ISTANBUL, Aug 29 (Reuters) - Turkey’s $1.1 billion of steel exports to the United States could be at risk if President Donald Trump further tightens import restrictions, the head of Turkey’s steel exporter association told Reuters.
U.S. steel executives have appealed directly to Trump for immediate import restrictions to protect their businesses.
Such restrictions would be a big knock to Turkey’s steel exports to the United States, which totalled 2.3 million tonnes and were worth $1.1 billion last year, Namik Ekinci, chairman of the Turkish Steel Exporters Association, said in an interview.
“If the restrictions being mentioned are imposed, our entire steel exports to the United States may be at risk,” he said.
The United States last year accounted for around 14 percent of Turkey’s total steel exports of 16.5 million tonnes. Turkey, is the world’s ninth-largest steel exporter and the eighth-largest producer.
Trump said in July a final decision on steel trade would be made after other issues were resolved. But concerns the United States could take a more protectionist stance have already weighed on steel exports in recent months, Ekinci said.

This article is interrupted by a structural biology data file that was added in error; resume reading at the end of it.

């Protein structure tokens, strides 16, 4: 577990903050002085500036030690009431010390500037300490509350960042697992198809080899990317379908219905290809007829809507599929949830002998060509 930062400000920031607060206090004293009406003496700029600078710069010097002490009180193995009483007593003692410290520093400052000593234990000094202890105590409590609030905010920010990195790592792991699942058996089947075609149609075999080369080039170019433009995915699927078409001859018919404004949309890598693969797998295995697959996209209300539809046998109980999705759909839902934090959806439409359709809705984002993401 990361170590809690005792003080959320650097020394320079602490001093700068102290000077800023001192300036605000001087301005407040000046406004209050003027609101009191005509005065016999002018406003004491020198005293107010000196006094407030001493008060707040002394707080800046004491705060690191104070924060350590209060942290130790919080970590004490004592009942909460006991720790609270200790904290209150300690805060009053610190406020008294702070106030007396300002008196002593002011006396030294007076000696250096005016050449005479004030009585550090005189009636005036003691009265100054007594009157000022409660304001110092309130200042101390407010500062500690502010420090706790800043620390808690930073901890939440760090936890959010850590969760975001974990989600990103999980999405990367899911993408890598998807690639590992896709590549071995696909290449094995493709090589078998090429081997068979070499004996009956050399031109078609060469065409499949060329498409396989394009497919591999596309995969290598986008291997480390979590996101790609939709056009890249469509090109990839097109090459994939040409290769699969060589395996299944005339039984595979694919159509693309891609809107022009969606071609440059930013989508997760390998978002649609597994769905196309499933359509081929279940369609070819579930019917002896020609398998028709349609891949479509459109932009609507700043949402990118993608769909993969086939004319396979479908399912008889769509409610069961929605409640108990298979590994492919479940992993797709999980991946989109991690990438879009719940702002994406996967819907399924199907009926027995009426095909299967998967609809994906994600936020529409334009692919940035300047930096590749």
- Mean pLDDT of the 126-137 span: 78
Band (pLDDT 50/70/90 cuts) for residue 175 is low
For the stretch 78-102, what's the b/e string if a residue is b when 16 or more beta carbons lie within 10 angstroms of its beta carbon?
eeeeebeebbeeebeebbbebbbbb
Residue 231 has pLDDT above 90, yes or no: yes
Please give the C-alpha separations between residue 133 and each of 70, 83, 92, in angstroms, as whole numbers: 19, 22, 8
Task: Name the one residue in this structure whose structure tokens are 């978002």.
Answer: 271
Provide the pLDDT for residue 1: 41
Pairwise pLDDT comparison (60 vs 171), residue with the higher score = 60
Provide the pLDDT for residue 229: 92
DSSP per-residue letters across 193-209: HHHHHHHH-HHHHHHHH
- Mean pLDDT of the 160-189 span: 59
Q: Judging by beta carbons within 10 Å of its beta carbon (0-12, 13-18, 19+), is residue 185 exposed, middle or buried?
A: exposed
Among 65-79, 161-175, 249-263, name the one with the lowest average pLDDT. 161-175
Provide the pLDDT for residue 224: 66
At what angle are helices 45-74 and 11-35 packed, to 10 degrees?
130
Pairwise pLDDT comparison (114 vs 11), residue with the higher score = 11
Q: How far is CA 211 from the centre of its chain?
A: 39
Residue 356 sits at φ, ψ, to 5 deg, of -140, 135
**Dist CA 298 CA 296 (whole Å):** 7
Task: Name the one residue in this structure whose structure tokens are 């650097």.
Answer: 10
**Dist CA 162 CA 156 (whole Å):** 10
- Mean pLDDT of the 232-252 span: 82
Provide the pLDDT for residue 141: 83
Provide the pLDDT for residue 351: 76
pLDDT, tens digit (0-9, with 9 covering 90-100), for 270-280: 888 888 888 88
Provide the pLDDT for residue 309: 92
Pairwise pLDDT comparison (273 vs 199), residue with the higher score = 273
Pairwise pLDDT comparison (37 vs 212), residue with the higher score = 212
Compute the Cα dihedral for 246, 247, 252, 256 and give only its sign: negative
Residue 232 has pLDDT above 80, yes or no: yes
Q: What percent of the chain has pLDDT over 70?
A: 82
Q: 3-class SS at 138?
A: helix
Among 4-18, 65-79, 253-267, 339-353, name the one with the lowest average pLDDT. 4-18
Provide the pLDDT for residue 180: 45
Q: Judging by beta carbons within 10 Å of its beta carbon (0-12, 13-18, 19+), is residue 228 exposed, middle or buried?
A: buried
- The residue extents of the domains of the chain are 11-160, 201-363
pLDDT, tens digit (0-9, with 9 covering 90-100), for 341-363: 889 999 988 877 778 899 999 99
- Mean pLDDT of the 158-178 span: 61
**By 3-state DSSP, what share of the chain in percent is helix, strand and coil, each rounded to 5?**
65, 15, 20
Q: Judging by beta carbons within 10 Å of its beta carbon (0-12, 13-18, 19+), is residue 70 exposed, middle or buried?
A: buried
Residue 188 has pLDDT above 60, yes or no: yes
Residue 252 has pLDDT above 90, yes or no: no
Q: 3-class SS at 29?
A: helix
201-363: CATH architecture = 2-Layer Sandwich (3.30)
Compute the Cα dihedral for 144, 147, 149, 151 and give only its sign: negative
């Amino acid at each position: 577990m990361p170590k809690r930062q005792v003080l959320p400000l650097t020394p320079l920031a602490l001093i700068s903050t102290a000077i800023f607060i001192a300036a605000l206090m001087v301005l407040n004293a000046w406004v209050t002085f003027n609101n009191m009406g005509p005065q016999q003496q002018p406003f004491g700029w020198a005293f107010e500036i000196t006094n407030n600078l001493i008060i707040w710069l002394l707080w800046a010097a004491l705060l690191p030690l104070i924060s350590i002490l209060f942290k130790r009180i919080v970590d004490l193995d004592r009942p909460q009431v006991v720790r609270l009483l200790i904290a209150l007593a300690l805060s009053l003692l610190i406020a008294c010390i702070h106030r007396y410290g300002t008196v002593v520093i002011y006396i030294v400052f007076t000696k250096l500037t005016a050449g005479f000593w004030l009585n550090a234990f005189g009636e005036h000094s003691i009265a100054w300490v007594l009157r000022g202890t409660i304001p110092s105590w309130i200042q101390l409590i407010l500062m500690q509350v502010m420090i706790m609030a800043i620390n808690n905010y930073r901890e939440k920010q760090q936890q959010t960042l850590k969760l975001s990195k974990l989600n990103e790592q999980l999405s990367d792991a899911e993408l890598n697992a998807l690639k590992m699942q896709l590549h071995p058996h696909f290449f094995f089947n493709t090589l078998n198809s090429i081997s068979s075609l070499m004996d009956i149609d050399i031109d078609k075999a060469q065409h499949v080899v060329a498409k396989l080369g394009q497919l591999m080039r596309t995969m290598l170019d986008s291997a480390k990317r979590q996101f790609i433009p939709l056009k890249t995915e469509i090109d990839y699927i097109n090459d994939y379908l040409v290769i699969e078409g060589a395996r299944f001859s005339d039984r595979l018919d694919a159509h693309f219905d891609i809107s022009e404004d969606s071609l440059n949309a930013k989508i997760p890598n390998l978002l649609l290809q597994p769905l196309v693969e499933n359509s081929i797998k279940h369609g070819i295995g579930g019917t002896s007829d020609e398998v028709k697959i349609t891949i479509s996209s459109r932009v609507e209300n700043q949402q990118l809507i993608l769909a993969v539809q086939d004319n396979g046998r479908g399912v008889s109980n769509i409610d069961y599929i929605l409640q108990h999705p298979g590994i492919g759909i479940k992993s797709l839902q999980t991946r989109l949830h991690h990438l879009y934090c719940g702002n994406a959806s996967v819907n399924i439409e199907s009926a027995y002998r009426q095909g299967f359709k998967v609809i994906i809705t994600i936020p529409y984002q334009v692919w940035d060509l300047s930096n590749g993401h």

According to industry data, steel exports to the United States fell to 114,000 in July, down 56 percent from April, when Trump launched a probe to determine whether steel imports compromise national security.
The U.S. Commerce Department had previously imposed taxes on some Turkish companies, after anti-dumping and compensatory investigations into rebar steel from Turkey.
In May, the final decision on Turkish rebar steel investigations concluded the goods had been dumped and were state-promoted. Turkish steel exporters have since appealed to the World Trade Organization (WTO) about the decision.
Turkey is also appealing to the WTO over Morocco’s anti-dumping duties on Turkish hot-rolled steel.
Despite the headwinds, Turkey’s steel exports showed a 15 percent increase in the first seven months of 2017, to 10.9 million tonnes, Ekinci said. (Writing by Tuvan Gumrukcu; Editing by David Dolan and Mark Potter)